Depending on where you’re reading this right now, it’s likely very hot outside. The local family campgrounds are booked to capacity, your neighbor’s kids are running their annual lemonade stand, and last but certainly not least, the World Junior Hockey Championships just wrapped up this past week from Edmonton, Alberta, Canada.
Delayed until this month due to COVID-19, the 2022 World Junior Championships, normally a holiday staple, gave hockey fans a taste to savor and relish until players report to their respective training camps for another season. As is usually the case when it comes to best-on-best tournaments loaded to the brim with prospective NHL talent, it presents a unique and significant opportunity to peer into the theoretical crystal ball and determine which up-and-coming NHLers are worthy of the hype.
During the history of this tournament, one can glance into this crystal ball and see for themselves: who lived up to, or exceeded, the expectations presented in front of them? The percentage of players who go on to play in the NHL after representing their countries in the World Junior Championships is absolutely astounding, nearing 94%. Really, I did the math.
If one takes that number and looks at the top performers each year, you can easily get a grasp on which of these young stars have a good chance at succeeding in the NHL. But simply glancing at the top-five scorers in the tournament wouldn’t tell you the whole story. That would be too easy, so instead we’ll be looking at the players who weren’t quite household names before entering the tournament whose play elevated their stock after the tournament had finished.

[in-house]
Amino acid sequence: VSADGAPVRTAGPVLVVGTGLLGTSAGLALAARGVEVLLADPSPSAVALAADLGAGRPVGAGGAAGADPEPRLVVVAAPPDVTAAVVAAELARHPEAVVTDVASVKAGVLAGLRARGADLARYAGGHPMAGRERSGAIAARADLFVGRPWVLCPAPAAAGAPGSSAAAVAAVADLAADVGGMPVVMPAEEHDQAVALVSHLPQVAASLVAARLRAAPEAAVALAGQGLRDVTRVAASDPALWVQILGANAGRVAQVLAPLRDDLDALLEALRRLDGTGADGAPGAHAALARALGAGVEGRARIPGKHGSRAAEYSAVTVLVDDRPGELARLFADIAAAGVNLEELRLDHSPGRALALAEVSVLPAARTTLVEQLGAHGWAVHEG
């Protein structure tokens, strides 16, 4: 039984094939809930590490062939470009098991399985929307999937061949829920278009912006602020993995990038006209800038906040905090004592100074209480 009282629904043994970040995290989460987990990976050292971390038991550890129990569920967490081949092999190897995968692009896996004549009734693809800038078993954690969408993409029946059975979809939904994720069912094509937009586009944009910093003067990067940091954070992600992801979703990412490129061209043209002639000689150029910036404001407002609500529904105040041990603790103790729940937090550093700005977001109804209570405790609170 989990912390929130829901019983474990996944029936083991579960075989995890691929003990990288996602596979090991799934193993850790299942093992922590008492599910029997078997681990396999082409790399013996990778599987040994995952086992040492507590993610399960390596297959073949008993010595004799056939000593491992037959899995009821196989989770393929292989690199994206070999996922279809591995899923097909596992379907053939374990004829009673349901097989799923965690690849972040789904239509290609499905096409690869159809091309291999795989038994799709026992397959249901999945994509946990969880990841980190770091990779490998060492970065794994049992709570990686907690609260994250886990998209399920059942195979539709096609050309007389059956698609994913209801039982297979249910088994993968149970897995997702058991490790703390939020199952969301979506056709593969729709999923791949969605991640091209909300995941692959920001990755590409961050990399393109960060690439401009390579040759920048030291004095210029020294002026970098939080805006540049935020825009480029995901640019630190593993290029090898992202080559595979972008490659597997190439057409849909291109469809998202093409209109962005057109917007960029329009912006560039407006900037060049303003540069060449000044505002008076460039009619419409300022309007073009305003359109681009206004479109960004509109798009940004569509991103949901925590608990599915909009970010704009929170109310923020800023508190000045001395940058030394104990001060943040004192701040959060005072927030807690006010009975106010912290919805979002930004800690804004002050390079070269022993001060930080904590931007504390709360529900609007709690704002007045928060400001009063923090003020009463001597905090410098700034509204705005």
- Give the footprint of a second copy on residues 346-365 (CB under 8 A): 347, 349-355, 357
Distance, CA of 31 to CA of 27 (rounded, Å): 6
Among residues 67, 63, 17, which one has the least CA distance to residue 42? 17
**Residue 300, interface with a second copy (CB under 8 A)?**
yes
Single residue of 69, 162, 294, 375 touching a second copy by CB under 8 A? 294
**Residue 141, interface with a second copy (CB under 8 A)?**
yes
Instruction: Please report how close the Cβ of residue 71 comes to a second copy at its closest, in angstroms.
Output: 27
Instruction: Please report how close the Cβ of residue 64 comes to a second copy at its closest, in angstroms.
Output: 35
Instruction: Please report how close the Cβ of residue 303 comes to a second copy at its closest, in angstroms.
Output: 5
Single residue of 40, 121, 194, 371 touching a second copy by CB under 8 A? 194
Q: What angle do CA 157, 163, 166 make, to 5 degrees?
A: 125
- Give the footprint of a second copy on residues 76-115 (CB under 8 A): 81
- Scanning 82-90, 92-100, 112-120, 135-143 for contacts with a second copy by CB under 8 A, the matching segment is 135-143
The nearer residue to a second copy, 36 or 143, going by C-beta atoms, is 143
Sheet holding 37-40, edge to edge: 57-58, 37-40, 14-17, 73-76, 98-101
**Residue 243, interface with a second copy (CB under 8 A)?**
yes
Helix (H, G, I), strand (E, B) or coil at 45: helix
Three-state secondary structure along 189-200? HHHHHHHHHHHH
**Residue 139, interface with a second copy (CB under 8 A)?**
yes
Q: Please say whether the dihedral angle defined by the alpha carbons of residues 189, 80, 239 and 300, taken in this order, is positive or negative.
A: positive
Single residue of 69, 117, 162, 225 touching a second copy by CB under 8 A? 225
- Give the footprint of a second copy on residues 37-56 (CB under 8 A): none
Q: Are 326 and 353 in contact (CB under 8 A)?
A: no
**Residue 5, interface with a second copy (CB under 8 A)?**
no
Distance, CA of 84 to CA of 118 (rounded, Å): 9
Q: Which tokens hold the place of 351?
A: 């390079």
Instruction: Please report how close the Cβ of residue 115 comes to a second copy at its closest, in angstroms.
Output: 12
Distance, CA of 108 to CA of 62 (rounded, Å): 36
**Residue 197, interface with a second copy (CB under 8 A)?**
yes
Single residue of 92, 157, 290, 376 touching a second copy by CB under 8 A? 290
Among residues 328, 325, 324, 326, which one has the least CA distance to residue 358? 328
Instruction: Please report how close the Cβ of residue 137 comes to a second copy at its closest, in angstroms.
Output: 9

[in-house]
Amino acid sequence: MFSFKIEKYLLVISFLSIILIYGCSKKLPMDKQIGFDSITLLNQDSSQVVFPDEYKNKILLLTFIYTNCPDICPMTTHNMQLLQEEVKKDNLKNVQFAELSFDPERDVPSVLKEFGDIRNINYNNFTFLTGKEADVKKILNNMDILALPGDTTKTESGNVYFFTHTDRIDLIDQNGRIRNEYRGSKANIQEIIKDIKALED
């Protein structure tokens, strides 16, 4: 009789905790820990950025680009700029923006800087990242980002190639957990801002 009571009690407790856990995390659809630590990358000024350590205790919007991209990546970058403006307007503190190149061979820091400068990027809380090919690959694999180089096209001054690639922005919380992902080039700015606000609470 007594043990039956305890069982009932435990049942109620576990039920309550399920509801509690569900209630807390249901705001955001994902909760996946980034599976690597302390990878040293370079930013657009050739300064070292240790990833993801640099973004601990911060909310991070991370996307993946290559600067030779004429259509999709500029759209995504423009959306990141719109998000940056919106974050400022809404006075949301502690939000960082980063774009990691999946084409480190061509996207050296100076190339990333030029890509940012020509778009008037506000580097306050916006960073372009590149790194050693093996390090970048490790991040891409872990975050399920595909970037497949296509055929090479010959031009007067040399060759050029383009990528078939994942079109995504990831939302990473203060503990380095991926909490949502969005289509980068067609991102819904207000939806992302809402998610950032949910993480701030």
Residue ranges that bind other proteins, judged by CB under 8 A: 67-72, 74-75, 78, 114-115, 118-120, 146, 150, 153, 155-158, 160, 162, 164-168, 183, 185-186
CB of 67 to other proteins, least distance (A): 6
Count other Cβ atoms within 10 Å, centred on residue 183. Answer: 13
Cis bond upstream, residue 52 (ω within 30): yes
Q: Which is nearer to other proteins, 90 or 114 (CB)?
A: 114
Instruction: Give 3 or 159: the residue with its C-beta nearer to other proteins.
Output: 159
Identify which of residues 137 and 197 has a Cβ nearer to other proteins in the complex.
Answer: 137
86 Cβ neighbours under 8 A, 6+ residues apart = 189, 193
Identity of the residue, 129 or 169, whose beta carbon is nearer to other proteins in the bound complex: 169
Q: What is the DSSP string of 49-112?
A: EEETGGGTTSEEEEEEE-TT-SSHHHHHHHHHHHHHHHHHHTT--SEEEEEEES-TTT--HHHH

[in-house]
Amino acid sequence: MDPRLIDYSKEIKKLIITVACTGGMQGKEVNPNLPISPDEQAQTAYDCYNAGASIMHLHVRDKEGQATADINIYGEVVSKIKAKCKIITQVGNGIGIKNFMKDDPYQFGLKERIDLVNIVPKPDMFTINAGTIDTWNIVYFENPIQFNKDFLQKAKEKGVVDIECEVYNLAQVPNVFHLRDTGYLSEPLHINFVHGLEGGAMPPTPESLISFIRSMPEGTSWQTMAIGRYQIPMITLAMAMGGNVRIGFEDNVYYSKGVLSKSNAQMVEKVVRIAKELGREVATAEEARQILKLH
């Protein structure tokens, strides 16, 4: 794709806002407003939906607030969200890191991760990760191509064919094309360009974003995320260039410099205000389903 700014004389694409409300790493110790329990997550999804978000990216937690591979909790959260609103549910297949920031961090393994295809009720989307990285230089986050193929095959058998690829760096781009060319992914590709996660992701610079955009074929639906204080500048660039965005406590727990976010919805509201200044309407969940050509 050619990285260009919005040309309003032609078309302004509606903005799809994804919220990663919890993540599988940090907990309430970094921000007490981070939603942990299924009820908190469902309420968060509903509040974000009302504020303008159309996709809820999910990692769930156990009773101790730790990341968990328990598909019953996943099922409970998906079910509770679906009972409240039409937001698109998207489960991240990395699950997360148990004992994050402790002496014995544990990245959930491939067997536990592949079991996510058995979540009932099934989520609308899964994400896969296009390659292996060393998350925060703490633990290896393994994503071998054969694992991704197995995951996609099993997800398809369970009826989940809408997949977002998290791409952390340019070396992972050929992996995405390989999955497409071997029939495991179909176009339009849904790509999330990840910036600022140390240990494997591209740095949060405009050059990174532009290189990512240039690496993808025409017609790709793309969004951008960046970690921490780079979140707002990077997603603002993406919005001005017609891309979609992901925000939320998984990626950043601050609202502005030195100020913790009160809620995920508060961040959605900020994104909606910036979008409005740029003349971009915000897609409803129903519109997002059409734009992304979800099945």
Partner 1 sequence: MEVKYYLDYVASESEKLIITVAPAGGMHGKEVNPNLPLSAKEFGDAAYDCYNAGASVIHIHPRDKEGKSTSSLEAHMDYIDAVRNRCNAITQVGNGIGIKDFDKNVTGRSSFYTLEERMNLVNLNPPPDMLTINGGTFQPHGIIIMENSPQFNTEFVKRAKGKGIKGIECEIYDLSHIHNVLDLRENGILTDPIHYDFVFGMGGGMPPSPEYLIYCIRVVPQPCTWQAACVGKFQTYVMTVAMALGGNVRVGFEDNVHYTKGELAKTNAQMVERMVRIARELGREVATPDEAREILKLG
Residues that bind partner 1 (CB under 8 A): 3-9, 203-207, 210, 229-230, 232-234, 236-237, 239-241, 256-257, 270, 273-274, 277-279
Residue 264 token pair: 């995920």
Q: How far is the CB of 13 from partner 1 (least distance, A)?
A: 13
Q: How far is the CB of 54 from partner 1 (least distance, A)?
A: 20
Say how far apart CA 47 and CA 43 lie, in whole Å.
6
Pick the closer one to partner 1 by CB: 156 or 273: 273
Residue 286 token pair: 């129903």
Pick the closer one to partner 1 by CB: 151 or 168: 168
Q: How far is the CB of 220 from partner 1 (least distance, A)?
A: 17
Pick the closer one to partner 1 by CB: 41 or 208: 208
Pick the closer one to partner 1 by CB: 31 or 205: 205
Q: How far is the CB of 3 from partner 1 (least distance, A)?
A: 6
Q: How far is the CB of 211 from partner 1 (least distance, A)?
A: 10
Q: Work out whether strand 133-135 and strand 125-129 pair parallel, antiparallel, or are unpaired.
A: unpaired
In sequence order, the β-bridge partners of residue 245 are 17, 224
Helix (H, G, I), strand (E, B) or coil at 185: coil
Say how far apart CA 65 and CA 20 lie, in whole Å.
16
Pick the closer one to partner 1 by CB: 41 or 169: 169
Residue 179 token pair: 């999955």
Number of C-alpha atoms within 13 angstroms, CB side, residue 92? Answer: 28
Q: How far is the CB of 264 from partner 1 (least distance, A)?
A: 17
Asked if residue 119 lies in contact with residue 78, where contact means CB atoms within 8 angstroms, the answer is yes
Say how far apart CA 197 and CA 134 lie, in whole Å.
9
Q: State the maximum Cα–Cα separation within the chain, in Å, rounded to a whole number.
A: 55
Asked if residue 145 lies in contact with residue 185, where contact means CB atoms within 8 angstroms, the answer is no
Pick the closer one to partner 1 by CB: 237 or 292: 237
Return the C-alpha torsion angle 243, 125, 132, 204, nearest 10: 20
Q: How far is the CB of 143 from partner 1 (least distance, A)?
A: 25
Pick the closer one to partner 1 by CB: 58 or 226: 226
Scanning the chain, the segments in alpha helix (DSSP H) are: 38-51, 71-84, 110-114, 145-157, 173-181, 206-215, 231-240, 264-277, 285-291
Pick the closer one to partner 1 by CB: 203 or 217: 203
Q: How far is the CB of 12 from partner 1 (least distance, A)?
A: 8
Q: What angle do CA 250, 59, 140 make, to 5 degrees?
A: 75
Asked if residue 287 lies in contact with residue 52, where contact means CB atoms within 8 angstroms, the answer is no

5) Matthew Coronato, LW, USA
NHL Rights: Calgary Flames, drafted first round (13th overall) in 2021
GP: 5 G: 4 A: 3 P: 7 S%: 21.1
“That is a world-class release,” TSN color-analyst Mike Johnson said during a replay of Matthew Coronato’s game-winning goal against Sweden.
But you might be saying “Matthew Coronato was a first round pick, how can he be on this list?” Well, when you’ve had the kind of offseason that Calgary Flames fans have had so far, it’s nice to get excited about something once in awhile. Matthew Coronato bestowed that upon not just Flames fans, but fans of Team USA as well. Coronato exemplified valuable leadership and timely goalscoring for Team USA. And though the team bowed out out earlier than anyone expected, Coronato firmly lodged himself into Calgary’s future plans. Coronato will return to Harvard for his sophomore season in 2022-23, but expect him to push for Calgary’s roster in the near future.
4) Joshua Roy, LW, Canada
NHL Rights: Montreal Canadiens, drafted fifth round (150th overall) in 2021
GP: 7 G: 3 A: 5 P: 8 S%: 20.0
Joshua Roy entered the QMJHL with plenty of hype as the No. 1 overall selection in that league’s priority draft. That hype was derailed by a poor rookie season with the Saint John Sea Dogs in 2019-20 and COVID-19, but was reignited after a midseason trade to the Sherbrooke Phoenix. After the trade, he scored 18 points in 20 games and 119 the following year, his first full season with the Phoenix.
Roy is seen as a complementary forward but many wondered if he’d be able to produce the same way amongst stronger competition at the World Junior Championship. The answer as it turns out is that he most definitely can. Roy spent practically the entire tournament playing on a line with Mason McTavish (Ducks) and Connor Bedard and didn’t miss a step. Many expect Roy to compete for a roster spot with the Canadiens this upcoming season, though it would not be a surprise to see him start his pro career in the AHL with the Laval Rocket, where he managed to play in a single playoff game last season.
3) Emil Andrae, D, Sweden
NHL Rights: Philadelphia Flyers, drafted second round (54th overall) in 2020
GP: 7 G:4 A: 4 P: 8 S%: 16.0